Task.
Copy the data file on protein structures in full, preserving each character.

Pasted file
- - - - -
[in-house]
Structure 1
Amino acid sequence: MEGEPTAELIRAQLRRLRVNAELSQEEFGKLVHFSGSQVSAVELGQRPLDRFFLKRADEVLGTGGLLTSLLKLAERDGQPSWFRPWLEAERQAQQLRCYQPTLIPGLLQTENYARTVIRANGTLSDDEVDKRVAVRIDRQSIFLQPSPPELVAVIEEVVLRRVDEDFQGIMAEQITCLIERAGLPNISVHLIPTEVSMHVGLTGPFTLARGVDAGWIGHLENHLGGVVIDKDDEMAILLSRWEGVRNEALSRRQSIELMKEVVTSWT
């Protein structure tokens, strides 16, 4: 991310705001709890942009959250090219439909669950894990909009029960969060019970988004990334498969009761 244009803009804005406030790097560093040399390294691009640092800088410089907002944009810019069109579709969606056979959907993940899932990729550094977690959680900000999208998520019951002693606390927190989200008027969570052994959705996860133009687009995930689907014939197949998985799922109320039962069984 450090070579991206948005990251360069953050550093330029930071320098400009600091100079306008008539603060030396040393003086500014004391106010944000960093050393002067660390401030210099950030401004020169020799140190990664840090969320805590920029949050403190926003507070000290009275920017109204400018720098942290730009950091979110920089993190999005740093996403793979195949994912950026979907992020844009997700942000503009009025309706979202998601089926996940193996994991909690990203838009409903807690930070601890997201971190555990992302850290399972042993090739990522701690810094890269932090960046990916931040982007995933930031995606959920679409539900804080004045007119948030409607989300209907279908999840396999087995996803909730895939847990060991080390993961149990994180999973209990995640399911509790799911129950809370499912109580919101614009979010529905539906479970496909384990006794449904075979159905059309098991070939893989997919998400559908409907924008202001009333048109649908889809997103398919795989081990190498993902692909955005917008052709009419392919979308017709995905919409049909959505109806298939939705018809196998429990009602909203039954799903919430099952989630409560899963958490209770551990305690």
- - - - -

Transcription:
[in-house]
Structure 1
Amino acid sequence: MEGEPTAELIRAQLRRLRVNAELSQEEFGKLVHFSGSQVSAVELGQRPLDRFFLKRADEVLGTGGLLTSLLKLAERDGQPSWFRPWLEAERQAQQLRCYQPTLIPGLLQTENYARTVIRANGTLSDDEVDKRVAVRIDRQSIFLQPSPPELVAVIEEVVLRRVDEDFQGIMAEQITCLIERAGLPNISVHLIPTEVSMHVGLTGPFTLARGVDAGWIGHLENHLGGVVIDKDDEMAILLSRWEGVRNEALSRRQSIELMKEVVTSWT
């Protein structure tokens, strides 16, 4: 991310705001709890942009959250090219439909669950894990909009029960969060019970988004990334498969009761 244009803009804005406030790097560093040399390294691009640092800088410089907002944009810019069109579709969606056979959907993940899932990729550094977690959680900000999208998520019951002693606390927190989200008027969570052994959705996860133009687009995930689907014939197949998985799922109320039962069984 450090070579991206948005990251360069953050550093330029930071320098400009600091100079306008008539603060030396040393003086500014004391106010944000960093050393002067660390401030210099950030401004020169020799140190990664840090969320805590920029949050403190926003507070000290009275920017109204400018720098942290730009950091979110920089993190999005740093996403793979195949994912950026979907992020844009997700942000503009009025309706979202998601089926996940193996994991909690990203838009409903807690930070601890997201971190555990992302850290399972042993090739990522701690810094890269932090960046990916931040982007995933930031995606959920679409539900804080004045007119948030409607989300209907279908999840396999087995996803909730895939847990060991080390993961149990994180999973209990995640399911509790799911129950809370499912109580919101614009979010529905539906479970496909384990006794449904075979159905059309098991070939893989997919998400559908409907924008202001009333048109649908889809997103398919795989081990190498993902692909955005917008052709009419392919979308017709995905919409049909959505109806298939939705018809196998429990009602909203039954799903919430099952989630409560899963958490209770551990305690």